Not only were there more than 100 Dachshunds in attendance, many of them were scheduled to run in the Dachshund races. Dachshunds have short little legs, so we wondered how fast they could actually run. Italian Greyhounds have been clocked as high as 35 mph. Surely, German Dachshunds couldn’t run that fast.
We tried to convince the judges that our dogs were Italian Dachshunds and they should be allowed to race, but they were disqualified because their long legs gave them an unfair advantage.
Run, Forest, Run!
Attending Germantown’s Oktoberfest didn’t exactly make me feel German. After all, I was accompanied by Italian dogs, wasn’t wearing lederhosen and didn’t drink beer from a gigantic stein. However, I did have fun. That’s what life’s all about – richtig?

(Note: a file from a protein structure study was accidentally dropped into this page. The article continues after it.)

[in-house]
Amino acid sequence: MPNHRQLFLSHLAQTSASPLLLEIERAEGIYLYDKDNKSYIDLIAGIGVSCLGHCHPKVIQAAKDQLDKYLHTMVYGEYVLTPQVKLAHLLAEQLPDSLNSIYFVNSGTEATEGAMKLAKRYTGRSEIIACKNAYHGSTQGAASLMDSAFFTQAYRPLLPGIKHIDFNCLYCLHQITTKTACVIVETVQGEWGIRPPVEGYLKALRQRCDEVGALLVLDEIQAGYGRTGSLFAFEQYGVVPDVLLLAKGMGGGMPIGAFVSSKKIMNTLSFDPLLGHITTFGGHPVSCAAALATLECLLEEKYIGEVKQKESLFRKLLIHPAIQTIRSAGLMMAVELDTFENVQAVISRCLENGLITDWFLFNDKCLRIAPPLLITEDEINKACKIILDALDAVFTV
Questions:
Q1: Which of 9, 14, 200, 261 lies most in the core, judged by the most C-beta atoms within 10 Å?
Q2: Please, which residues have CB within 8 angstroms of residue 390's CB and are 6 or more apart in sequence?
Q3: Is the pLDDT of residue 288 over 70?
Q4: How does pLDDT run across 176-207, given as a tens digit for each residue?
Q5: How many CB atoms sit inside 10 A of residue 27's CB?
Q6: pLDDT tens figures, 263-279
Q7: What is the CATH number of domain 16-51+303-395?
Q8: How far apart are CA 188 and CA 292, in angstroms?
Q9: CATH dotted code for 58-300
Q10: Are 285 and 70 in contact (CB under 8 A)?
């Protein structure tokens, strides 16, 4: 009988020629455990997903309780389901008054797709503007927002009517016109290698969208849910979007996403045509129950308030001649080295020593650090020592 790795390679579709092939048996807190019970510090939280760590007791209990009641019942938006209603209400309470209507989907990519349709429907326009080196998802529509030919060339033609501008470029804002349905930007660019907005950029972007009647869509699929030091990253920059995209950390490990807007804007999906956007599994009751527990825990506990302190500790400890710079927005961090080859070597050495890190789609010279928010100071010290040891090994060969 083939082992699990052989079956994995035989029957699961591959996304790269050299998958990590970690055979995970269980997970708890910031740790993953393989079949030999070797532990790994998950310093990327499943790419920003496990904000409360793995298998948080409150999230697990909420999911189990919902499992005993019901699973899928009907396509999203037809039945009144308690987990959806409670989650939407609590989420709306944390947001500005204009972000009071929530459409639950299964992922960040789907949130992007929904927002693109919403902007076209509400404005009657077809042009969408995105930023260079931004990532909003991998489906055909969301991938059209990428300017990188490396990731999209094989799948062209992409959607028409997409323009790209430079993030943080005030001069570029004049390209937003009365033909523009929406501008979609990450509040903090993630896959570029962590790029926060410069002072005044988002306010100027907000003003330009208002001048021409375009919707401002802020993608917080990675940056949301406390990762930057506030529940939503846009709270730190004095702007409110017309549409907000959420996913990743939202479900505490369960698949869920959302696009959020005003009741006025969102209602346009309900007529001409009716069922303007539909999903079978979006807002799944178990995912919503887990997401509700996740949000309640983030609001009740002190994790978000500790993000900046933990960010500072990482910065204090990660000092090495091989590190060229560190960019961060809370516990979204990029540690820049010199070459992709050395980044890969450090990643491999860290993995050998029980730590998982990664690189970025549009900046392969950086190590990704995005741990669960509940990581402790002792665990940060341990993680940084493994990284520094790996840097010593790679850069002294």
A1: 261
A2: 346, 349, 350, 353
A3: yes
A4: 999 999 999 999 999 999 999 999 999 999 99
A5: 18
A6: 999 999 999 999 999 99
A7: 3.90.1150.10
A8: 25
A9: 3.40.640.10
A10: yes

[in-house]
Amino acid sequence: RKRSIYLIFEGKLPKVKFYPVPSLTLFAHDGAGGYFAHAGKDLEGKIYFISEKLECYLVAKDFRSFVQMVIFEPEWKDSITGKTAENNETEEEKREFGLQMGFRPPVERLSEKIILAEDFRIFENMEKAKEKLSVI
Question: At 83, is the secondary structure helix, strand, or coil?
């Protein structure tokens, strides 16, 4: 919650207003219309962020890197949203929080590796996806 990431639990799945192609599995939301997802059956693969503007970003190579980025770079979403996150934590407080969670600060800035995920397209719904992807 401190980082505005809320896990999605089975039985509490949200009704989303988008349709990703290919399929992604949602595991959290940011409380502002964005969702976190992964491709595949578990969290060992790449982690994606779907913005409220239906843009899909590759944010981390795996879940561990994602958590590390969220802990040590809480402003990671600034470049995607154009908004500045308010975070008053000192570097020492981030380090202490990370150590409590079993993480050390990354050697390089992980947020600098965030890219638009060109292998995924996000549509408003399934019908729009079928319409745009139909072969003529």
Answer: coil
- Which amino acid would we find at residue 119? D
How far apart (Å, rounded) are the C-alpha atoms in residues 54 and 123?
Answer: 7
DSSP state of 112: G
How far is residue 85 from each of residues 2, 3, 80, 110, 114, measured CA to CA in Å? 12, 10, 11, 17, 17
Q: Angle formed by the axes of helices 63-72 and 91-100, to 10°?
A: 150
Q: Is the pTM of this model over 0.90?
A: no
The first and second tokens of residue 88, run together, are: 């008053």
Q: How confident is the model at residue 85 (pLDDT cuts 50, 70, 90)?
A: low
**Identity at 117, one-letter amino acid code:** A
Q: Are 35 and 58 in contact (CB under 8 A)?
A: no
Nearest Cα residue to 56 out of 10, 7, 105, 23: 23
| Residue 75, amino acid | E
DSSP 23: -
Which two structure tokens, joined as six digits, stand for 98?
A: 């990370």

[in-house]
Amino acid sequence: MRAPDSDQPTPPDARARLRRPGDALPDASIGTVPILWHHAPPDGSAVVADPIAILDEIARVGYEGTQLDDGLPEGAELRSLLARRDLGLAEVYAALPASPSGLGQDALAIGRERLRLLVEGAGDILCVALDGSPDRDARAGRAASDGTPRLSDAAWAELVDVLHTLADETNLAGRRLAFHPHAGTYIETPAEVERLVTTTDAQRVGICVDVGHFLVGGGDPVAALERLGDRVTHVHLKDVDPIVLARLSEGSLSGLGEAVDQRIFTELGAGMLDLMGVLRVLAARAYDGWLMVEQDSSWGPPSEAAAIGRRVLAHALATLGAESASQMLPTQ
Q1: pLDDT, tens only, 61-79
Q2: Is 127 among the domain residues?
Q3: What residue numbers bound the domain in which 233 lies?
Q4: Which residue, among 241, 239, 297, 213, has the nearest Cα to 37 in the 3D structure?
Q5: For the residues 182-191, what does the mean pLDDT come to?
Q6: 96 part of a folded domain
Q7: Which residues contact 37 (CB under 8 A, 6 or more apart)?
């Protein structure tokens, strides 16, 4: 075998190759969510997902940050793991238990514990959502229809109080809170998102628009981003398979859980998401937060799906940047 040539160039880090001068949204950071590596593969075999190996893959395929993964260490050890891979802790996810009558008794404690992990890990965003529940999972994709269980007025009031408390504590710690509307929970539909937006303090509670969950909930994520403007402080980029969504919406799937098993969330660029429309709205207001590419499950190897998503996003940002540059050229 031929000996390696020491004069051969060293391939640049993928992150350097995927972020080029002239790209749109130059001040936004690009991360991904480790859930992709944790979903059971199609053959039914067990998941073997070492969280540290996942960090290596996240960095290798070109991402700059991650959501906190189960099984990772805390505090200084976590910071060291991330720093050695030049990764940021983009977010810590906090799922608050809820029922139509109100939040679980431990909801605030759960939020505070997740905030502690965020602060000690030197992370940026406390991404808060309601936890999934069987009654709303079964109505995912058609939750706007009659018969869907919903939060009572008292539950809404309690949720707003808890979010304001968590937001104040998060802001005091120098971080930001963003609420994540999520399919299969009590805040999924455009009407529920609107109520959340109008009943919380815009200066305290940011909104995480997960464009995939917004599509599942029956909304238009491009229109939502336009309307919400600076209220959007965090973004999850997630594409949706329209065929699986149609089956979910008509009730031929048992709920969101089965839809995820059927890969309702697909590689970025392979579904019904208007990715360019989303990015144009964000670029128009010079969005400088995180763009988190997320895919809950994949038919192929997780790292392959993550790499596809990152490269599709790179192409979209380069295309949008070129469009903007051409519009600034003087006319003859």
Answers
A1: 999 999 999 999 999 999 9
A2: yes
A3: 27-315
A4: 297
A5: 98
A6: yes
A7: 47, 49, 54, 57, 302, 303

May the farce be with you!
A recent study reported that people love their dogs like children.
Researchers showed mothers, who also had a dog, a variety of images while their brain activity was being monitored. Brain scans revealed that when the moms saw pictures of their dog, their reaction was the same as when they viewed pictures of their child, leading to the conclusion people love their dog as much a child.
Speaking from personal experience, I contend their conclusion is wrong.
Take these examples.
I would never let an 11-year old share my sweatshirt.
I wouldn’t let an 11-year old sleep in my bed.
I love waking up next to that face
I would never have beds in every room for my children.
It’s not designed to be a bunk bed
I would never dress like my children and then go out in public.
My dogs don’t talk back to me. They don’t ask for new gym shoes, car keys, or money to go shopping. They don’t go online or mess up my computer. They’re always happy to see me – even as they approach their teenage years.